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If someone takes too much of a drug they may overdose and you will need to get the casualty medical help as quickly as possible.
SIGNS TO LOOK OUT FOR:
Severe nausea and vomiting
Rapid heart rate/chest pains
Blue/pale tingeing of knees, hands and lips
Some drugs, such as MDMA, have serotonergic properties, meaning they affect the levels of the neurotransmitter serotonin. Too much serotonin can cause serotonin syndrome which can be potentially life threatening.
Rigid, jerky, twitchy unusual movements, often involving the legs shaking; fully dilated pupils; overheating; shivering; racing heart; the person appearing agitated and confused. If in doubt, ring for an ambulance. It is important if they have rigid, jerky movements, not to hold people down because of the risk of muscle tissue breaking down (rhabdomyolysis). As with people who have been using volatile substances (solvents) it can also be risky to startle or frighten people as this can lead to heart failure [UK DrugWatch, Overdose and Emergencies Sheet, 2014].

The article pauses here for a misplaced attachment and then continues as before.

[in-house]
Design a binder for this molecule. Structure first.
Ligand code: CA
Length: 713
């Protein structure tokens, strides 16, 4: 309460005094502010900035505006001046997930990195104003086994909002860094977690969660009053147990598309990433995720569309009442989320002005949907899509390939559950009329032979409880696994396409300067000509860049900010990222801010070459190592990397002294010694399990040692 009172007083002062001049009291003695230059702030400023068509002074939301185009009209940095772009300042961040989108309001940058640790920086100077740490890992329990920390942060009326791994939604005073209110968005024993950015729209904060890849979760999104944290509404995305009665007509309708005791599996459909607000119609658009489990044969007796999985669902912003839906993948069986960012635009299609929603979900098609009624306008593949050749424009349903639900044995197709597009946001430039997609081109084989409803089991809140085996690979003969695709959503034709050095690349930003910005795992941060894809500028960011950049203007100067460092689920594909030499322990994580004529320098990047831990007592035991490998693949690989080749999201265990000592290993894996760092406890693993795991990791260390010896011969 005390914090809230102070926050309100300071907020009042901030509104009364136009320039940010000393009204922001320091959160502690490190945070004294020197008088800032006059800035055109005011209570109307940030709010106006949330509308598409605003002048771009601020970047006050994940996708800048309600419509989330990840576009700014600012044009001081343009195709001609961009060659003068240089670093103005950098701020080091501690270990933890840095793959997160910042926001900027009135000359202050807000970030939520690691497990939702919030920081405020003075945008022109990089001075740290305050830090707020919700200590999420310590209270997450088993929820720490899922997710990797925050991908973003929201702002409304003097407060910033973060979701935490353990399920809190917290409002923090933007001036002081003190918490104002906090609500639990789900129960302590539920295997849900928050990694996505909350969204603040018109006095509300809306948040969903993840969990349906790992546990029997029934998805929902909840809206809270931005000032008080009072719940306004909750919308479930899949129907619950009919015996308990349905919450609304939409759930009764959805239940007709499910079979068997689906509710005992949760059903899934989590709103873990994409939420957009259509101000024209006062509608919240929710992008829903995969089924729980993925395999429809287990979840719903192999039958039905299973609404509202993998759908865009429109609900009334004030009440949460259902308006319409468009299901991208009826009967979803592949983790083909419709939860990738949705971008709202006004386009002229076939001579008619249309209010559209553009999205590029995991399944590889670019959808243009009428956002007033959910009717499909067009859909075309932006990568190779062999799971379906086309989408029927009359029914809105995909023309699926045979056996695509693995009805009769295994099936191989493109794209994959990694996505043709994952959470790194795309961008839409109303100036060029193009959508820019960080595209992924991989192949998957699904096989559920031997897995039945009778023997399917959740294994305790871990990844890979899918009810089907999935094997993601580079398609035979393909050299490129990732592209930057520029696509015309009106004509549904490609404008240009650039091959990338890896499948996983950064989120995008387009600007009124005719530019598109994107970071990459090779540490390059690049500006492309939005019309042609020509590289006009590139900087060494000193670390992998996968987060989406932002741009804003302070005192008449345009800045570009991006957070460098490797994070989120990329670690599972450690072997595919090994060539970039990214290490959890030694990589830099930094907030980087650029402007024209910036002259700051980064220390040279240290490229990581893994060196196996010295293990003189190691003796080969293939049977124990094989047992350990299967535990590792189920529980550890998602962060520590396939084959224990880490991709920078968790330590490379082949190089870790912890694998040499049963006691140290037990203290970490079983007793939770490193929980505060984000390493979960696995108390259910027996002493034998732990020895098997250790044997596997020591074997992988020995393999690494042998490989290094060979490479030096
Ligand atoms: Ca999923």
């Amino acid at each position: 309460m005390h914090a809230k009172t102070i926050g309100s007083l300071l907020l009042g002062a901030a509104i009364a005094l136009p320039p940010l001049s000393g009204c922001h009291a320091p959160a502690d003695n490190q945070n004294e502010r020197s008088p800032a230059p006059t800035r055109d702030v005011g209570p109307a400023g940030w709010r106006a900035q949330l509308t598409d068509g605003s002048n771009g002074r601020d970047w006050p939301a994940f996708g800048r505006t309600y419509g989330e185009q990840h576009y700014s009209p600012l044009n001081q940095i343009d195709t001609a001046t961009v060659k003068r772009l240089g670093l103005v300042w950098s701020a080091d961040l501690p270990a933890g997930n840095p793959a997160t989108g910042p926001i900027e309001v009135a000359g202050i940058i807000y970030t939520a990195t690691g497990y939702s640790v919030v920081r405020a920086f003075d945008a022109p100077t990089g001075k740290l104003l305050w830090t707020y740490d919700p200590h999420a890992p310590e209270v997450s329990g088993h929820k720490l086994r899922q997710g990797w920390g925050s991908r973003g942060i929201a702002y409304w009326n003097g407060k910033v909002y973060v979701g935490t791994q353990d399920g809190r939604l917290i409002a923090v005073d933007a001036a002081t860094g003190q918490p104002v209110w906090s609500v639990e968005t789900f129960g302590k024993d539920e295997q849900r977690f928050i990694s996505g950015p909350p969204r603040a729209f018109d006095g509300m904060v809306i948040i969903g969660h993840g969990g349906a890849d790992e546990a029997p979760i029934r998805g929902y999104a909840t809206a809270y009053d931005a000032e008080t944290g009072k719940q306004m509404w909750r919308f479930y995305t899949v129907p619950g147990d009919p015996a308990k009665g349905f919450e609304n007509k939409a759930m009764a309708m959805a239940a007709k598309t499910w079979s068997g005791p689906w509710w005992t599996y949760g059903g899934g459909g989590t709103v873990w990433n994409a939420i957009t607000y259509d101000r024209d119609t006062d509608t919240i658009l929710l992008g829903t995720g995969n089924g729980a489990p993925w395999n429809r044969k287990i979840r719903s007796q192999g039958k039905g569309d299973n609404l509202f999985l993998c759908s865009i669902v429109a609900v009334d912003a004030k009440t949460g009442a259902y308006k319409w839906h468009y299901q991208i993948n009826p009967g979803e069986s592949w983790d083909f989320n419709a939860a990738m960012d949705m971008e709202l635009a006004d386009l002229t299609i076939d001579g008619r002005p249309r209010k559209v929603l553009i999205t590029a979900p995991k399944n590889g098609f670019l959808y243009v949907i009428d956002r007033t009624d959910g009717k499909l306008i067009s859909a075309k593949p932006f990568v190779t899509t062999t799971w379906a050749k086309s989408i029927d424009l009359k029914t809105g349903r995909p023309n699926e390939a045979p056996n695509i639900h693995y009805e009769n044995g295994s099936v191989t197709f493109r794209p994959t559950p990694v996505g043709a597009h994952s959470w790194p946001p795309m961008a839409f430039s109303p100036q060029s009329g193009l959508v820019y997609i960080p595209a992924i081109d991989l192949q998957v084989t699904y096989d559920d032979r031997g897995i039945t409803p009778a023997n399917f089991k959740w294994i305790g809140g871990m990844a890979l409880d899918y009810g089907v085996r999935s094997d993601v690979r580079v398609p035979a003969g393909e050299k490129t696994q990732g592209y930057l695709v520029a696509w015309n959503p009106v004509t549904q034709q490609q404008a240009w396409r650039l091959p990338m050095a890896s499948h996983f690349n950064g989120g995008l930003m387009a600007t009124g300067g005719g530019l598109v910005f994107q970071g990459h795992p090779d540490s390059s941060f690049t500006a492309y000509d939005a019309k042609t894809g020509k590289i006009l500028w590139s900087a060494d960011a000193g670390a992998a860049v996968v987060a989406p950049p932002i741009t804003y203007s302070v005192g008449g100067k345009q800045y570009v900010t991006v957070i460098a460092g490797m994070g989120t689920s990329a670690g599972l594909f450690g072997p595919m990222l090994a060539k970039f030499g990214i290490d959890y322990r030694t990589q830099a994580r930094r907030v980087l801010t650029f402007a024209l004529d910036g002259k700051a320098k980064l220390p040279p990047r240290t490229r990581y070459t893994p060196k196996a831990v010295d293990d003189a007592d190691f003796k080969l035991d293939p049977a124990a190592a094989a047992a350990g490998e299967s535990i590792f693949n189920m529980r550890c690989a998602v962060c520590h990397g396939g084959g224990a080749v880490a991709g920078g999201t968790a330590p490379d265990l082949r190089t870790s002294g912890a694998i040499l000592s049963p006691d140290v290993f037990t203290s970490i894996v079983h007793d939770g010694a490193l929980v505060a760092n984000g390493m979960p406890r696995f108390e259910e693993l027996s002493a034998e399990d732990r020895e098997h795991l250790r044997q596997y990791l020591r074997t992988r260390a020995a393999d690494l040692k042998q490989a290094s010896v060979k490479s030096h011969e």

Call 999 (or 112)
Give as much information as possible including location, age, gender, what has happened and what they have taken
Stay with the casualty and reassure them
Be honest with medical staff and hand over any packets or paraphernalia
If unconscious put in the recovery position (or on their side)
If they stop breathing perform CPR (chest compressions)
If opiate related (e.g. casualty has taken heroin or is on a methadone prescription) administer Naloxone: http://http://www.naloxone.org.uk
Leave them alone
Inflict excessive pain to wake them
Give them stimulants or any other drug
Give them anything to eat or drink (apart from small sips of water)
Put them in a bath/shower
Walk them about
Attempt to restrain them